Vancouver fifth in global quality of living rankings
The Canadian Press
Published Tuesday, December 4, 2012 10:55AM EST
Last Updated Tuesday, December 4, 2012 4:08PM EST
TORONTO -- Vancouver is tops in Canada for quality of life with its moderate climate contributing to its high ranking, says an annual survey.
The West Coast city also has retained its fifth-place spot globally in the 2012 Mercer Quality of Living survey.
Overall, Vienna retains the top spot as the city with the world's best quality of living, also keeping its first place ranking, said the survey released on Tuesday. Baghdad was last out 221 cities.
The survey said Canada offers some of the best quality of living in the world with Ottawa ranking 14th, Toronto 15th, Montreal 23rd and Calgary 32nd.
"One of the things that Vancouver has going for it that the other cities do not is climate," said Mercer Canada's Eleana Rodriguez.
"All four of the other Canadian cities that are on the ranking don't have the kind of climate that Vancouver has, so obviously that's a factor to consider."
Canada has five cities ranked in the top 35 cities in the world, she said, adding that Calgary advanced one ranking and Montreal dropped by one ranking.
"We score quite high," said Rodriguez, market business leader for Mercer Canada in Toronto.
Consulting firm Mercer looked at 39 factors such as a city's political and social environment and its economic and socio-cultural environment, areas in which Canada scored quite well.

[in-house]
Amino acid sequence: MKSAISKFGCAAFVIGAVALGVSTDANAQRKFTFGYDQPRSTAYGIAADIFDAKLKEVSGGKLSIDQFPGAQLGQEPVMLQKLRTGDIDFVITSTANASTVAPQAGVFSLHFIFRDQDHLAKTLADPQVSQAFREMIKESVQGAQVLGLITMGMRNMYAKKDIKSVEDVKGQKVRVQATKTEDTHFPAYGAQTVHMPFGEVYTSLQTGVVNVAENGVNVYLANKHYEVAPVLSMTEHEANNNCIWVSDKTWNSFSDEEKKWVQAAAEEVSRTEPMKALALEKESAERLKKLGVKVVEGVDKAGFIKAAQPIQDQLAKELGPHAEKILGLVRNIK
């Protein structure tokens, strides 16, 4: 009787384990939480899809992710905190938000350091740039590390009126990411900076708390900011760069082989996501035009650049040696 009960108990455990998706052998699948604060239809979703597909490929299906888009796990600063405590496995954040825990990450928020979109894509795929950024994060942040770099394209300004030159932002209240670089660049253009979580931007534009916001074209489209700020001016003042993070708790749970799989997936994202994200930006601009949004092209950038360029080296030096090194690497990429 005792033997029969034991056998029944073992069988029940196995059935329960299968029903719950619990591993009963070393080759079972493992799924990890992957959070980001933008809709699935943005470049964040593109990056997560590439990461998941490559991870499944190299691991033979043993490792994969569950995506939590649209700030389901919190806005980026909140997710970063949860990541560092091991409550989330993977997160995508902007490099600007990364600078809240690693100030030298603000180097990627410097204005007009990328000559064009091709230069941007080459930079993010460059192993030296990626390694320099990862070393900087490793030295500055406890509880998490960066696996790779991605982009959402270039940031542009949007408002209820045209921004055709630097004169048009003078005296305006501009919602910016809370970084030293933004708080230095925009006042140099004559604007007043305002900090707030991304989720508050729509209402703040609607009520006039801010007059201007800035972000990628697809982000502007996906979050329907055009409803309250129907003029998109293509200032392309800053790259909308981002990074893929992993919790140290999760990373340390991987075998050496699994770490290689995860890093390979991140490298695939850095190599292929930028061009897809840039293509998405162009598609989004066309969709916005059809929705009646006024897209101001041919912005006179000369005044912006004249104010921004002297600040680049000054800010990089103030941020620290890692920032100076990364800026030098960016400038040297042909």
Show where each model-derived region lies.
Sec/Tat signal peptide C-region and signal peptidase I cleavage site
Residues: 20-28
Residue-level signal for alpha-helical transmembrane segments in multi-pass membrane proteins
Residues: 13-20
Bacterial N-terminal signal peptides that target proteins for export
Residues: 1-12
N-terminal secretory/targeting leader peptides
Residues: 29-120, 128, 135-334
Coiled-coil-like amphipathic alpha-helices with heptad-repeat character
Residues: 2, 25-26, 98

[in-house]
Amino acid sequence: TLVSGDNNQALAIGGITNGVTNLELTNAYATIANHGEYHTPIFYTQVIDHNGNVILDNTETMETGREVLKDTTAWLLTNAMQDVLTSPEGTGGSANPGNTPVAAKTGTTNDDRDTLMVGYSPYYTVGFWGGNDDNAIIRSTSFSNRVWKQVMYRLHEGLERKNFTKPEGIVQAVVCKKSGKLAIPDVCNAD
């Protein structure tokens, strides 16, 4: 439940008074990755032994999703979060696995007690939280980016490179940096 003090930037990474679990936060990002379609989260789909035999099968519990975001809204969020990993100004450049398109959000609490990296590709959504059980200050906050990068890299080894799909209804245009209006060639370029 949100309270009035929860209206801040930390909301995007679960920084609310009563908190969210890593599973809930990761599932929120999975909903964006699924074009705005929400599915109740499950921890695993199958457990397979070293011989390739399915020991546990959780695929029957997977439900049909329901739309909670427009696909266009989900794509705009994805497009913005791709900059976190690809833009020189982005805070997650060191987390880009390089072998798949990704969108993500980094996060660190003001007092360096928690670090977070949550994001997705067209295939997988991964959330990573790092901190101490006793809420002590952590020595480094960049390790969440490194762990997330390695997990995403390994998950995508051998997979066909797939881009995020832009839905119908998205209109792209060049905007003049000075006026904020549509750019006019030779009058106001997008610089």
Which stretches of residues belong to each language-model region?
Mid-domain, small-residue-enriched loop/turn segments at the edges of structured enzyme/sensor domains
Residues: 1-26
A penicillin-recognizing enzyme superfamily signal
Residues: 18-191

The firm also looked at medical and health access, education and access to schools, public transportation, recreation, availability of housing and consumer goods, as well as climate.
"Vienna scores high on a number of those areas," Rodriguez said.
The survey also found that Zurich and the New Zealand city of Auckland were ranked second and third with Munich taking fourth spot.
The annual survey helps multinational companies and organizations compensate employees when they're placed on international assignments.
In the United States, the top three cities were Honolulu, ranked 28th with the highest quality of living, followed by San Francisco in 29th place and Boston at 35th.
Rodriguez said there was little change this year in the rankings for North American cities.
This year, Mercer included a separate ranking for city infrastructure, including access to clean water, electricity telephone, mail, public transport, traffic, and access to an international airport. Singapore ranks highest for infrastructure with Haiti's Port-au-Prince the lowest.
Globally, the cities with the lowest quality of living are: Khartoum, Sudan; N'Djamena, Chad; Port-au Prince, Haiti; and Bangui in the Central African Republic.
"Generally speaking, those cities at the bottom of the ranking are there because of various issues, political and economic in particular, and in some cases socio-cultural issues like political freedom and treatment of women."
Rodriguez said it's not surprising that Baghdad came last.
The Iraqi capital is often hit by car bombings and political strife.
"If I think about risk to life and limb I'd sooner see myself going to Haiti than to Baghdad."